How to choose a compatible mask for CPAP?
Types of CPAP masks
CPAP Mask: A Comprehensive Guide
There are 3 different types of masks available in the market for people who are diagnosed with sleep apnea. There are three main types of CPAP masks, and they’re generally available in all sizes:
- Full Face masks – These masks cover both your nose and your mouth
- Nasal masks – These masks fit over your nose only, offering a lighter fit than full-face masks
- Nasal pillow masks – These masks are even more lightweight and minimal than nasal masks, offering a high level of openness and visibility.
Factors to consider while buying a CPA Mask
It may seem evident based on these descriptions that you prefer a lighter mask over a heavier one, or a smaller mask over a larger one. There are, however, additional factors to consider. Masks that cover more of your face, for example, might sometimes provide a better seal against leaking, resulting in improved therapy. Similarly, if you have facial hair, you may require a larger mask to get a stronger seal. If you suffer from claustrophobia, a smaller mask is likely to be more comfortable.
Despite their somewhat higher weight, full-face masks may simply feel more comfortable — it all comes down to personal preference and how a given mask shape will fit over your face’s unique contours. In any event, your doctor can assist you in trying on a variety of masks to see which one is the greatest and most comfortable fit for you.
Material of cushion
Another factor that can help you choose your face mask is whether you prefer a silicone mask or a gel mask. Silicon masks are said to be thinner and more comfortable whereas Gel masks are said to prevent leaks effectively and be moderately comfortable. Eventually, it again boils down to personal preference and one can choose only after trying various masks out.
Your sleep position is also one of the factors to consider while choosing a CPAP mask. Since CPAP masks require a tight seal to avoid air leaks, sleeping in a way that presses on the mask is more than uncomfortable it can also compromise your treatment’s efficacy. A CPAP mask’s headgear can also interfere with sleep, particularly if they have hard plastic buckles or stiff anchor straps.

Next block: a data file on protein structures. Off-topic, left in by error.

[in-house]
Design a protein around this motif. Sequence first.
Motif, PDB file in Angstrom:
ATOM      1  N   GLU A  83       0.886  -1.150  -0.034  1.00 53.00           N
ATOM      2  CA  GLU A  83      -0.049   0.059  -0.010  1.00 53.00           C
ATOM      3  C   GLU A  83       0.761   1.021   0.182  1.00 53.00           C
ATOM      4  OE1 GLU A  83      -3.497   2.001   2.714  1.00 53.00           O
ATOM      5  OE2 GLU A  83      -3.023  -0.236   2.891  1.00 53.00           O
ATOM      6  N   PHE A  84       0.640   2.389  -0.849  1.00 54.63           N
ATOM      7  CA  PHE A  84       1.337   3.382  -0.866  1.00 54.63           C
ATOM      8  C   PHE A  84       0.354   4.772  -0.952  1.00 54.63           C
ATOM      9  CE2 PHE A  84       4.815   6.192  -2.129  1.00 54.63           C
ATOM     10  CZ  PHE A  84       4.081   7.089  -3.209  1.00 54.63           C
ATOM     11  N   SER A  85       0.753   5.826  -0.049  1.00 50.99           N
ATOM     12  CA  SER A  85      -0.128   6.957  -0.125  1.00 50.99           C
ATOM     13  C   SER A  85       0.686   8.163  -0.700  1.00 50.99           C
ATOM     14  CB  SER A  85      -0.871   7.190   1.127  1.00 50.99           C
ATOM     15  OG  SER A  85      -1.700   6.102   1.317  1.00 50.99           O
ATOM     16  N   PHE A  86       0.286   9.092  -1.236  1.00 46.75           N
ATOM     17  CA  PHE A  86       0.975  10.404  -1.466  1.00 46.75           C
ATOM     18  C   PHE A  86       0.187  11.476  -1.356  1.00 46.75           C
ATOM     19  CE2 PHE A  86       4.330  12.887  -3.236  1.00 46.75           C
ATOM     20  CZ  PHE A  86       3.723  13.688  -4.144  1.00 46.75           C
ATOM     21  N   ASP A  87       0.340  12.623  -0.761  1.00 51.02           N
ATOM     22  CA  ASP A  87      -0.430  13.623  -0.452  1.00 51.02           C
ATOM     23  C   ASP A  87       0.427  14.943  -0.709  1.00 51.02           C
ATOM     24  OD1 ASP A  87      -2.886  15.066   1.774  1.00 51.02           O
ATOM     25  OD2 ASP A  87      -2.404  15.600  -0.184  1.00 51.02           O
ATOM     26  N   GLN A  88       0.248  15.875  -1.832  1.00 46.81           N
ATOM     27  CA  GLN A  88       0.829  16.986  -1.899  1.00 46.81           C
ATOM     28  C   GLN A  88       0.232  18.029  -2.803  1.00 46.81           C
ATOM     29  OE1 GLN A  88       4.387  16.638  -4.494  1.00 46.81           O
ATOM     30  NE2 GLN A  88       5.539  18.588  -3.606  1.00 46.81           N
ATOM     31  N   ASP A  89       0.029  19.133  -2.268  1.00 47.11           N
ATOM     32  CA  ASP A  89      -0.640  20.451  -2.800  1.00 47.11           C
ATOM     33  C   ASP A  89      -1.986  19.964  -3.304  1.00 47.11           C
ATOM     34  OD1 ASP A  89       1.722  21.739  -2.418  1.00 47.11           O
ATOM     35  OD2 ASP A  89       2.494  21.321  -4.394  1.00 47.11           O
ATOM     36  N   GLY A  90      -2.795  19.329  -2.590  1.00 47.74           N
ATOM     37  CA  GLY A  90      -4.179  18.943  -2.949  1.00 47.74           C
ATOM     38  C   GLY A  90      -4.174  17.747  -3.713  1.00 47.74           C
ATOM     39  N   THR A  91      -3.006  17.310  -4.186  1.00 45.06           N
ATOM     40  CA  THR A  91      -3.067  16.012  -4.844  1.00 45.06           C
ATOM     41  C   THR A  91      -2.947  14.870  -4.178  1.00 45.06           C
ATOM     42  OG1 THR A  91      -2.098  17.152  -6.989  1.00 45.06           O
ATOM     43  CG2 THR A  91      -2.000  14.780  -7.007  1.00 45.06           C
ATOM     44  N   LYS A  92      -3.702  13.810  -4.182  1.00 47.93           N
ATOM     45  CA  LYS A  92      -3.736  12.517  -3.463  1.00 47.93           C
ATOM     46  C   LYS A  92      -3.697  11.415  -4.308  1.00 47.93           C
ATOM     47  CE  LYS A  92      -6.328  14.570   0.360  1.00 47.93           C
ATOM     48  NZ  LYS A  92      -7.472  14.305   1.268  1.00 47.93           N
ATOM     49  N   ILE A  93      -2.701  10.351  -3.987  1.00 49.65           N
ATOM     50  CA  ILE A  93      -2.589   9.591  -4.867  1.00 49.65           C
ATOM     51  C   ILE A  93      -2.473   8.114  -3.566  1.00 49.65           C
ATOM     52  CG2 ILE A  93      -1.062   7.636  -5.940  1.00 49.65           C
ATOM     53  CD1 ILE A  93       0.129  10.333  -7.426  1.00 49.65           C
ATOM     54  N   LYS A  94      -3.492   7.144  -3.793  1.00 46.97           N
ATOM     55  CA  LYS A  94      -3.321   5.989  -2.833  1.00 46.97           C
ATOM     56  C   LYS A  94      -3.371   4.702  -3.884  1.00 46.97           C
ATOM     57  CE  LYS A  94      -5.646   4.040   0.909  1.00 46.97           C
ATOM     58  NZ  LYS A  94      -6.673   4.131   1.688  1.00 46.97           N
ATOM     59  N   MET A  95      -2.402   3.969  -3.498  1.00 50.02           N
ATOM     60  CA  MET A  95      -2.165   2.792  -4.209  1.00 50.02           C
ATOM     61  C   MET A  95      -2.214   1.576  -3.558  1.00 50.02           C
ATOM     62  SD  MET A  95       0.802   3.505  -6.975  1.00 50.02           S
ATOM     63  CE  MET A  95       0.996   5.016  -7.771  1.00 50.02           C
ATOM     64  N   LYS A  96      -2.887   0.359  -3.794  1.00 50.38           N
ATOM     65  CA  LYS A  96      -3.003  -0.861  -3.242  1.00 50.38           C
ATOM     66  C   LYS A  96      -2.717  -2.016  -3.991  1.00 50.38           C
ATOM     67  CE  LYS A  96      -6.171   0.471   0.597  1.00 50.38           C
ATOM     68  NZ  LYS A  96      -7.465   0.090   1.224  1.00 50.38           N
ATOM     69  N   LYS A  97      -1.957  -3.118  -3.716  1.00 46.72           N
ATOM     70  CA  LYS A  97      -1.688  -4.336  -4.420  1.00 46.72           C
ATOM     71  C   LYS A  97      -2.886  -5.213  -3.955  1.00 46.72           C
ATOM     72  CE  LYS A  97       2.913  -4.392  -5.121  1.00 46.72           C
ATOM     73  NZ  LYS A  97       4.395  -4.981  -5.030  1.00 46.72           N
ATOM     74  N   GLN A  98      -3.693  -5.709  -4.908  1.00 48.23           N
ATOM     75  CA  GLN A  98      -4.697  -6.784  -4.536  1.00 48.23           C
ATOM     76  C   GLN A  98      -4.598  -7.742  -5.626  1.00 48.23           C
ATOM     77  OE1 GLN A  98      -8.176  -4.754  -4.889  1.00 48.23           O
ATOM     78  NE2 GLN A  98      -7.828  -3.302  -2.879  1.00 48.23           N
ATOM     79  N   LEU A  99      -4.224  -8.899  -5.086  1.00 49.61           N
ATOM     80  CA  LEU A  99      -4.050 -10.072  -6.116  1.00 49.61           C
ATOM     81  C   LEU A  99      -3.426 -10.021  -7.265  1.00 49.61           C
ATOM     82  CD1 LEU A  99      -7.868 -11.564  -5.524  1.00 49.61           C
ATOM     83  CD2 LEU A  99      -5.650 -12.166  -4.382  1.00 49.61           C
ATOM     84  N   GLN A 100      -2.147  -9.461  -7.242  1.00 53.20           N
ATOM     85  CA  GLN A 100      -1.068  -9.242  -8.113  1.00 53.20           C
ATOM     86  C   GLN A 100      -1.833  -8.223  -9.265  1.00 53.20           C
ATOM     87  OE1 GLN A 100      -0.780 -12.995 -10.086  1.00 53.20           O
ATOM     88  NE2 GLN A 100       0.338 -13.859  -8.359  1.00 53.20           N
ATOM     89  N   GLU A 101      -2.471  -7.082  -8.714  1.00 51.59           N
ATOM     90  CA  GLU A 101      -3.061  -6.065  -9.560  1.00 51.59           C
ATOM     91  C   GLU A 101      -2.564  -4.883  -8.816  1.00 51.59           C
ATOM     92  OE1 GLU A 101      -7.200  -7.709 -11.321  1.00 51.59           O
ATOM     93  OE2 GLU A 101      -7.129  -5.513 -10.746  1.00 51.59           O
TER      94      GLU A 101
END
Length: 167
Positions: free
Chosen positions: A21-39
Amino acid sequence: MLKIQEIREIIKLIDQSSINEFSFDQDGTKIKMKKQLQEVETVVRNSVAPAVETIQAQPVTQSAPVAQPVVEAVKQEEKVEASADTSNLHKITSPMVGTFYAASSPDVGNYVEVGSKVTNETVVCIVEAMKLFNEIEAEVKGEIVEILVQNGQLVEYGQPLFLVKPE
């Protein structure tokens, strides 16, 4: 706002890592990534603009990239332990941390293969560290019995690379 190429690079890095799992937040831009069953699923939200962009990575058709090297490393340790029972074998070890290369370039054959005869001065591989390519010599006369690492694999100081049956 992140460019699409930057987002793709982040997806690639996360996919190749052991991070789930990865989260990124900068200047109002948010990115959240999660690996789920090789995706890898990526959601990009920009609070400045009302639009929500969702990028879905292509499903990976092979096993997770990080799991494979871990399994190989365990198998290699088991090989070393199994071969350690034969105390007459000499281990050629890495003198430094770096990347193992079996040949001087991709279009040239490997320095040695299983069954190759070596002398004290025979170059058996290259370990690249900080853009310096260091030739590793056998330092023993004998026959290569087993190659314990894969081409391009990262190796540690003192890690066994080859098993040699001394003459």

Sleeping on your side is one of the greatest postures for sleep apnea therapy because gravity does not affect your airway as much as it does when resting on your back or stomach, Unfortunately, finding the correct CPAP mask for side sleepers can be difficult.
Masks are a wonderful option for side sleepers who can handle them because their low profile rests higher than the pillow. Nasal masks, which cover the entire or a portion of the nose, are another alternative that many side sleepers find useful. Models with excellent seals, as well as soft and adjustable headgear, are the best.
CPAP users who sleep on their backs have a wide range of mask options, as this posture easily supports even full-face masks. While sleeping on your back may be the most comfortable position if you use a CPAP mask, gravity can induce airway collapse. If your doctor is aware that you sleep on your back and has not advised you to change positions, you will most likely be satisfied with any mask that is effective and meets your other demands. The position also makes it difficult to remove your mask, however single-strap headgear may be tough for certain back sleepers.
Stomach sleeping is the most uncommon sleeping position, and those who sleep on their stomachs have special considerations when selecting a CPAP mask. Most masks press onto the face in this position, producing pain and frequent air leaks. Depending on the size of your mask, it may pull your head into a posture that puts strain on your neck and causes pain or stiffness the next day.
Most people can only sleep on their stomach if they use a nasal pillow mask because of their low profile, nose pillows are great for this because they are unlikely to become dislodged or cause pain regardless of your sleeping position or pillow firmness.
Air Pressure Settings
Your air pressure setting has a stronger influence on mask choice than you might imagine. Any mask choice can work for people with rather low air pressure levels. Nasal pillows are a popular choice for people with low-pressure settings because their design minimizes air leakage.
However, at higher air pressure settings, this direct flow of air into the nostrils can be rather painful, even causing nasal dryness or nosebleeds. If you require a greater air pressure setting, a nasal mask or full face mask should be used instead. Breathing seems more natural at high settings because the airflow is more indirect.
These are some of the main factors one needs to consider while choosing a compatible CPAP mask. Other than this trying out different masks will help you in choosing the mask that’s right for you. I hope this article helped you in your sleep therapy journey!